By 1970 the project had already advanced to the point where plans were being prepared for joint overseas sales offices to replace the existing separate offices and for a joint overseas sales force. Looking forward, a joint operational program was being prepared whereby all European and Asian services would be based in Cairo, all North African services would be based in Tripoli, and all other African services on Khartoum. However, another event took place in 1970 that was to lead Egypt and its airline in a different direction: the coming to power of Egyptian President Anwar Sadat. This almost immediately led to the final collapse of the political concept of the UAR and to the consequent adoption by the national airline in 1971 of the name it bears to this day, EgyptAir. Even more significantly, Sadat's appointment led to Egypt's success against Israel during the October War in 1973, the severance in 1974 of Egypt's special relationship with the USSR, and to the re-establishment of close relations between Egypt and the United States.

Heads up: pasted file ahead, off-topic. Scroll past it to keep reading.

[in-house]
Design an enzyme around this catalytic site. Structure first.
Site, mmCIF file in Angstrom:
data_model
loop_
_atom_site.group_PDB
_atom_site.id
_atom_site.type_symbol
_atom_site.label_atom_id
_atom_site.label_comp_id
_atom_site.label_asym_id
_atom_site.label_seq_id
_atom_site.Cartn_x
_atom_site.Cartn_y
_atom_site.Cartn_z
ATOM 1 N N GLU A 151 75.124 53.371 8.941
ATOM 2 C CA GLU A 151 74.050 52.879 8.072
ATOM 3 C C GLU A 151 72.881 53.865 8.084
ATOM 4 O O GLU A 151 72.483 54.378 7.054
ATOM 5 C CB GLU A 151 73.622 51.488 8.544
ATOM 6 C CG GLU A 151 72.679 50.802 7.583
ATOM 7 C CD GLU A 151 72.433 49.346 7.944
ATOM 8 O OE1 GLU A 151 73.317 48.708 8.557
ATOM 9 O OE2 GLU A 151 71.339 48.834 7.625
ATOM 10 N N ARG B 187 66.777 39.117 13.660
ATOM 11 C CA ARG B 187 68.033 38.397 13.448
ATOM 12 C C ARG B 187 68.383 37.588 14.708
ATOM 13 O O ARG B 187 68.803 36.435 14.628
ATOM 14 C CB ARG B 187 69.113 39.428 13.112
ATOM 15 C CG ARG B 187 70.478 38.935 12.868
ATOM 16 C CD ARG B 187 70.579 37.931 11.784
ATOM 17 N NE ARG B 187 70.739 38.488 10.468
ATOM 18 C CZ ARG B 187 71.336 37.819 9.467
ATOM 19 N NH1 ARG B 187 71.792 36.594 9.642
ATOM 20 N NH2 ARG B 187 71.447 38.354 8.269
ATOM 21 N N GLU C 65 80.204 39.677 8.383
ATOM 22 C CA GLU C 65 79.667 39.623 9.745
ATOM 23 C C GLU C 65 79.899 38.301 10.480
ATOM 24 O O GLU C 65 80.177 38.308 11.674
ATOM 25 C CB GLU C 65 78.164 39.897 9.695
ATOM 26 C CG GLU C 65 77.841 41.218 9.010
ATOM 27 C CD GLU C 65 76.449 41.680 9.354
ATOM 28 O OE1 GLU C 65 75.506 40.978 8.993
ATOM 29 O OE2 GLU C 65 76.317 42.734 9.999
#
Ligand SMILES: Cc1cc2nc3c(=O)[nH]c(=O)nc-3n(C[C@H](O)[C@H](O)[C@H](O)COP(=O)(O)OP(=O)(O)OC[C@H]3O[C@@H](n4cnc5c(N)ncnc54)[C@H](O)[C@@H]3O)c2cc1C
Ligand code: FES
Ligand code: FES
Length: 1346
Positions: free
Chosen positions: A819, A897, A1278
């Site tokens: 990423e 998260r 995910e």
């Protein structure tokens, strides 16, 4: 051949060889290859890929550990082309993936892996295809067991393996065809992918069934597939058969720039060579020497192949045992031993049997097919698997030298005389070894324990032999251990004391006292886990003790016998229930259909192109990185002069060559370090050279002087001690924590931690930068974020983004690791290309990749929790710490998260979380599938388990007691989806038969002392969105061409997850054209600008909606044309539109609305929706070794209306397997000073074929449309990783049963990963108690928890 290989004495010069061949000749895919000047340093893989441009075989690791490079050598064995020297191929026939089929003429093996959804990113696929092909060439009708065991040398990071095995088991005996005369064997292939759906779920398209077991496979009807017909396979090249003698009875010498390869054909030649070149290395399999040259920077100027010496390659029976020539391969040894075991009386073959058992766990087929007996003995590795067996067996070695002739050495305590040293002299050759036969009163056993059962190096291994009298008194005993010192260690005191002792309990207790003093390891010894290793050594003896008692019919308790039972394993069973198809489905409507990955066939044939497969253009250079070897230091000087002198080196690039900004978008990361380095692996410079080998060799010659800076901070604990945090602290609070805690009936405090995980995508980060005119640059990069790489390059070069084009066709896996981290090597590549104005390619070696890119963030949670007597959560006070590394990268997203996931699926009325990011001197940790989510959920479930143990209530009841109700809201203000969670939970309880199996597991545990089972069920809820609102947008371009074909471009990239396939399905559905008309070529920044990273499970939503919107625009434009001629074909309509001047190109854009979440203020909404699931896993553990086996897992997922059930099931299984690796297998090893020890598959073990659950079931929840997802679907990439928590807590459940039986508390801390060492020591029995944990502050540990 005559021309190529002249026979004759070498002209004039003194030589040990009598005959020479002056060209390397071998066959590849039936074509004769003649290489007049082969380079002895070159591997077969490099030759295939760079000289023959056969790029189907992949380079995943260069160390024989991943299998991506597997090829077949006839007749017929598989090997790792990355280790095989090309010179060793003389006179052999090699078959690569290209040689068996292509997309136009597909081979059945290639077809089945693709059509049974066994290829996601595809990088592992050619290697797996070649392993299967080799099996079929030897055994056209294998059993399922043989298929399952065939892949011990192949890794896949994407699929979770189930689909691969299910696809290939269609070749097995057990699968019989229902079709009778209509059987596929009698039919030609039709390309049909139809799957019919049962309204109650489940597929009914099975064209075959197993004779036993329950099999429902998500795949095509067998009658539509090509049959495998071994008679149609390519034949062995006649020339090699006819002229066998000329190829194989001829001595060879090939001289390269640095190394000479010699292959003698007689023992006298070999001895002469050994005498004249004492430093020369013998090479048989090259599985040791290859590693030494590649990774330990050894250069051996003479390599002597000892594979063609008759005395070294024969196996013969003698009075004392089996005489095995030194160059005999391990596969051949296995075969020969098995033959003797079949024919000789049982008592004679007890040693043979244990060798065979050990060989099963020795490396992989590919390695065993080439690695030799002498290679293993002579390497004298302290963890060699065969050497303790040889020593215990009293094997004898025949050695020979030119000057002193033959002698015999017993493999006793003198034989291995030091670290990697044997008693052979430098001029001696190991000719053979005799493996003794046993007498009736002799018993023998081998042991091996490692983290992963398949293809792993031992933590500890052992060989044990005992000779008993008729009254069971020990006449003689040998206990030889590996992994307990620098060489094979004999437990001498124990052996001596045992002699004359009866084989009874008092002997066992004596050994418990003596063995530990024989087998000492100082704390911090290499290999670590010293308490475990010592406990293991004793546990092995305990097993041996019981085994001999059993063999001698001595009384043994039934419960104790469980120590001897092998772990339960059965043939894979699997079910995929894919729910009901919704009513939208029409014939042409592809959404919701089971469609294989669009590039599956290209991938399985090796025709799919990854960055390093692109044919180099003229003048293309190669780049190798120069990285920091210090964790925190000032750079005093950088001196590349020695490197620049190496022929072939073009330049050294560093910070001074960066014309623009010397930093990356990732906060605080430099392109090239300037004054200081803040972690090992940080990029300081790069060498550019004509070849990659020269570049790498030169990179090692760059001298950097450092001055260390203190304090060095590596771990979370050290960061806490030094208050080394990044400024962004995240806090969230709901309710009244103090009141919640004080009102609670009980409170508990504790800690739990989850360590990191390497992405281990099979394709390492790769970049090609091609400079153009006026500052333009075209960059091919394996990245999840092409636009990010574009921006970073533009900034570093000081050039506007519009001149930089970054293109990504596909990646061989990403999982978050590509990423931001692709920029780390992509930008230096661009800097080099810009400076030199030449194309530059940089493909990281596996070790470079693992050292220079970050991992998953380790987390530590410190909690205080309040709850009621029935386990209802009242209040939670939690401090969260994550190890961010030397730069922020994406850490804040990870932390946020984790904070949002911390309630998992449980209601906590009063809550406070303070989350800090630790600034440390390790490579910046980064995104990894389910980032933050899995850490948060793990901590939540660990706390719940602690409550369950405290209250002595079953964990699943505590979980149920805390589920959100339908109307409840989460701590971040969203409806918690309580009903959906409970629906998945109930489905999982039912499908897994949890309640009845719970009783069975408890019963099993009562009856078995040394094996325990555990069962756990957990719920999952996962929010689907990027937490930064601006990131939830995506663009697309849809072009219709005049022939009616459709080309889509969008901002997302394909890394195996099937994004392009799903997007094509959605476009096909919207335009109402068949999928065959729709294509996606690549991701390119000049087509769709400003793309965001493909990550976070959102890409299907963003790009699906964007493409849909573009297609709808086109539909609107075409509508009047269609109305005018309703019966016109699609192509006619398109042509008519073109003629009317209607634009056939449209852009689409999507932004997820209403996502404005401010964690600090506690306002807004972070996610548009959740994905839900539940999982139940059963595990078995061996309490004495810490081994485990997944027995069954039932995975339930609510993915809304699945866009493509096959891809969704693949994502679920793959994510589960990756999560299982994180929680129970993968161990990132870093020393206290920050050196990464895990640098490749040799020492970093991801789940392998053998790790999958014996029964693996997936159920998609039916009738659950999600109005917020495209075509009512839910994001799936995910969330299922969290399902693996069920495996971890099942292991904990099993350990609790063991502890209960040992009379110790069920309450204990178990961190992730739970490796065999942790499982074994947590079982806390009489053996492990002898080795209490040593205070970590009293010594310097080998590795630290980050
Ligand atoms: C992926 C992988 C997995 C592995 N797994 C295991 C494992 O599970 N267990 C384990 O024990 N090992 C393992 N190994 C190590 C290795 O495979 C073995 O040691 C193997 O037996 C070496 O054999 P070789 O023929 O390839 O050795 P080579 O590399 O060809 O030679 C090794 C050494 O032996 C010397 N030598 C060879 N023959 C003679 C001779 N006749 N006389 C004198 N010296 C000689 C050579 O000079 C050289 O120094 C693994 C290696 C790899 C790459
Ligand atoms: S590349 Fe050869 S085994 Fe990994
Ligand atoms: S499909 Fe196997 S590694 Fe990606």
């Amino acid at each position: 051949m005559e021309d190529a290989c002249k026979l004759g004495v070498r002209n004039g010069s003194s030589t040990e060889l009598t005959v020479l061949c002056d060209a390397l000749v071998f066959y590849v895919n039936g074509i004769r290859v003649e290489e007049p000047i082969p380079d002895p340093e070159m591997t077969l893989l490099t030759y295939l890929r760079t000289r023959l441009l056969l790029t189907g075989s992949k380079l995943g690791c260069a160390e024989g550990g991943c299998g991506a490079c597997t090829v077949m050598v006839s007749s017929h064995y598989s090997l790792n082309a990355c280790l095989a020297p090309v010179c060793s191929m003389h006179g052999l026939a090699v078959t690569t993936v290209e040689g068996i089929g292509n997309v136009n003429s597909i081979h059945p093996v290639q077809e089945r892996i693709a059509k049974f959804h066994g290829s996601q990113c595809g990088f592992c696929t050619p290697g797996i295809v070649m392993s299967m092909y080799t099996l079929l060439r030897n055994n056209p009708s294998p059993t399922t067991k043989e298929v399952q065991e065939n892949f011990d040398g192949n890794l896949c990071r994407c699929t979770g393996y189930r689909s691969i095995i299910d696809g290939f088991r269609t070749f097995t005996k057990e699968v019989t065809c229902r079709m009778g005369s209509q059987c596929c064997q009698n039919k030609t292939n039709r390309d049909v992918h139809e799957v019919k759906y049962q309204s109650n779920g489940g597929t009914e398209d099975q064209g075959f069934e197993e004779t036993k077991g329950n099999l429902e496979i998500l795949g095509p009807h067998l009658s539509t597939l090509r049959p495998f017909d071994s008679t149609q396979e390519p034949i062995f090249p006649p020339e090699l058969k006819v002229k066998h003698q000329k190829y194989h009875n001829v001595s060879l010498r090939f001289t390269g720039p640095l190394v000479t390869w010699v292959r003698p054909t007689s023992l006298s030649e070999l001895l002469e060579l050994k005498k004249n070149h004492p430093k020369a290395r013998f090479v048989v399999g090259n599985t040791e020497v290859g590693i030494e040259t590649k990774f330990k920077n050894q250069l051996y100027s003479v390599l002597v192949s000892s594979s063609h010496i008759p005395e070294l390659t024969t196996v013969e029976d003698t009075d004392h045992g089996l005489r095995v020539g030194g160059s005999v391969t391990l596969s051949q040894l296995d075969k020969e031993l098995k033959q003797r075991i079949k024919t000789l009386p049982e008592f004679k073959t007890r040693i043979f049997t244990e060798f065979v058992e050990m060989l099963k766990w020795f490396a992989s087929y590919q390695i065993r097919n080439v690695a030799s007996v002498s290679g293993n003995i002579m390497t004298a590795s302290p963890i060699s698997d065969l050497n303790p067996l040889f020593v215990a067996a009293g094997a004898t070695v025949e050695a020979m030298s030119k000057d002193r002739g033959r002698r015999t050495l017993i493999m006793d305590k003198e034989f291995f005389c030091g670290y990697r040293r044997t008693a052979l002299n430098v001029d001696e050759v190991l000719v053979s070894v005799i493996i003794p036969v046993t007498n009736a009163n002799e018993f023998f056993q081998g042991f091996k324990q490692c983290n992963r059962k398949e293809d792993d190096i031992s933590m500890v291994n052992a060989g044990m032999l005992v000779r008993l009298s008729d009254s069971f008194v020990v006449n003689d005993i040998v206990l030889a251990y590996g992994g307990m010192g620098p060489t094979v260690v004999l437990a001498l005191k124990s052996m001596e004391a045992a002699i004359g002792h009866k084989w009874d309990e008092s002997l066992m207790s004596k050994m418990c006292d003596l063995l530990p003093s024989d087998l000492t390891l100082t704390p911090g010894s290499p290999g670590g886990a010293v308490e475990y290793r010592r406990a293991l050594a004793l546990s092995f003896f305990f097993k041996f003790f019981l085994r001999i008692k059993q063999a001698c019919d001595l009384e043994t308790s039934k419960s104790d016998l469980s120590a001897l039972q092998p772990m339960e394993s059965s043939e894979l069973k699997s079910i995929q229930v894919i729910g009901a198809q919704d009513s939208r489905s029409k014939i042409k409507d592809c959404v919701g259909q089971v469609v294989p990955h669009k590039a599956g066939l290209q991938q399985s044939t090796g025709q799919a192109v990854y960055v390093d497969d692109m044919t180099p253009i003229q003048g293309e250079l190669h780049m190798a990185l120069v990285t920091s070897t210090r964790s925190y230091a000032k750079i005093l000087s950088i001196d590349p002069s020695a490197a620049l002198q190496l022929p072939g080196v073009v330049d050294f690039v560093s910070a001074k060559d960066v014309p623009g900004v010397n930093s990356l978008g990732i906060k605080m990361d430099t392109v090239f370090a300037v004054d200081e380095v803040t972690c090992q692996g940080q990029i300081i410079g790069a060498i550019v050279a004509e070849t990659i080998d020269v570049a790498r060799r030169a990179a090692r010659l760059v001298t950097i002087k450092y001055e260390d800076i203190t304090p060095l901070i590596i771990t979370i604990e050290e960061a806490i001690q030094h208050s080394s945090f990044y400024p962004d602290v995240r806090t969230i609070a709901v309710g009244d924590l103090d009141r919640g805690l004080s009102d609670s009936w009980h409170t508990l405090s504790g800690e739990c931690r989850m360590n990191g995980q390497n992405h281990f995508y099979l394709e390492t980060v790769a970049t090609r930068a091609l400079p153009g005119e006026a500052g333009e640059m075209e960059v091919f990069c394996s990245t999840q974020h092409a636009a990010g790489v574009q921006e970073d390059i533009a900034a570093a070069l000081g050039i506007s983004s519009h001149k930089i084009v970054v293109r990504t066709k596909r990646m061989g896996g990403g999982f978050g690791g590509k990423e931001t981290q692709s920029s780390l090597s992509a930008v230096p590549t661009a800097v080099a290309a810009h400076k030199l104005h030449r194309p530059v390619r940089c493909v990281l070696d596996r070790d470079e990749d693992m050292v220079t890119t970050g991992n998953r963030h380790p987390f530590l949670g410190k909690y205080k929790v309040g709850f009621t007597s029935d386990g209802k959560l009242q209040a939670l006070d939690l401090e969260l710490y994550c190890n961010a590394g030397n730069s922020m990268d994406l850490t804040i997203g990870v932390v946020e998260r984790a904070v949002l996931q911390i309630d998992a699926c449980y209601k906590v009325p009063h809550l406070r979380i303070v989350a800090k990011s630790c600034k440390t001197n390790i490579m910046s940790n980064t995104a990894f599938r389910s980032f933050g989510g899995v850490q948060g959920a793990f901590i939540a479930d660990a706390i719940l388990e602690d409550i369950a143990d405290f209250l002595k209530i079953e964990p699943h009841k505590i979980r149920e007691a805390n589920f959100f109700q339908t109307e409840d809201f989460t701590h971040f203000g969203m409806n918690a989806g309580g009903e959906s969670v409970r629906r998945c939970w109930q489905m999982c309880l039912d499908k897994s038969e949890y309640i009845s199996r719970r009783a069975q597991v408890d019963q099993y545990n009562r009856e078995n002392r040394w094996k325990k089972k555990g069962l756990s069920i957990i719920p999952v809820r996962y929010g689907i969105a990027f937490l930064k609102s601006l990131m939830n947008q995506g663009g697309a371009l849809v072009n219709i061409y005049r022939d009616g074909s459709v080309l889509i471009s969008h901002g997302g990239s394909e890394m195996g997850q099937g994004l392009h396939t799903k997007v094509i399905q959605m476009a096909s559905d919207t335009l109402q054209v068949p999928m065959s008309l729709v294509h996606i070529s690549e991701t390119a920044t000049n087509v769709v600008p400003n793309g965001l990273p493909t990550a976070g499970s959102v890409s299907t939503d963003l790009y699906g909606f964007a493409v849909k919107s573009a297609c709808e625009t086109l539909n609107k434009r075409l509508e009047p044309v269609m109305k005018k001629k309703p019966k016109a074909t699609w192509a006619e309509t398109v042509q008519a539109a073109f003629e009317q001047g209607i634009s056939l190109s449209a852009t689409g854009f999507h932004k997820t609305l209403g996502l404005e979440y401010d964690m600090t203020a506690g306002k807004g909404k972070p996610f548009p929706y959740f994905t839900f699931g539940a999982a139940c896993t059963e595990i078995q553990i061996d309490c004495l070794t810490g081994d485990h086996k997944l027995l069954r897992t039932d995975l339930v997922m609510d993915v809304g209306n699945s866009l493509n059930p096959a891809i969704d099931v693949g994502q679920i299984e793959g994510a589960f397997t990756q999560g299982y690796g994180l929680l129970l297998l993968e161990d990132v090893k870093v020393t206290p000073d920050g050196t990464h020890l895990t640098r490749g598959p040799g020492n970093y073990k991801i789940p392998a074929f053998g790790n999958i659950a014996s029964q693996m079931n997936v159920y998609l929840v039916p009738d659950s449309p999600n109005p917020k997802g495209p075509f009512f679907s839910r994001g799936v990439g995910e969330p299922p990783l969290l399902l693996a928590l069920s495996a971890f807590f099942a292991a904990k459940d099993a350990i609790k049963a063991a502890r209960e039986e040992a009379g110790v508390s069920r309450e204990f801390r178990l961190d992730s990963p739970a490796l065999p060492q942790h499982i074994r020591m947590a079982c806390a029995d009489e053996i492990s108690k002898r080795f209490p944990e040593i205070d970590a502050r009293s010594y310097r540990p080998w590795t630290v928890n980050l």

Despite these fundamental changes, continuing fears of war in the Middle East together with rising fears in the Middle East that Egypt had betrayed the Palestinian cause, imposed a severe brake on the development of trade and travel between Egypt and the outside world. In its most extreme form--after the Camp David accord between Egypt and Israel--Egypt had to endure a virtual boycott by the wealthy oil-producing states of the Gulf, which had a drastic impact on the airline. With a relatively slow-growing traffic base, the airline continued to maintain its services with a mixed fleet of Boeing 707s and early model 737s. Meanwhile it suffered the indignity of seeing itself being overtaken by Saudia and IranAir and being threatened by better-equipped rivals such as Gulf Air.
Transformation in the 1980s
Once again it was an external event which was to transform the situation facing EgyptAir. Following the assassination of Sadat in 1981, Hosni Mubarrak rose to lead the nation. Although Sadat had supported an open-door policy, seeking to promote foreign investment, he had failed to steer Egypt away from the socialist path favored by his predecessor. In contrast, Mubarrak realized that Western economic aid and investment would only flow into Egypt once it started moving towards a market economy.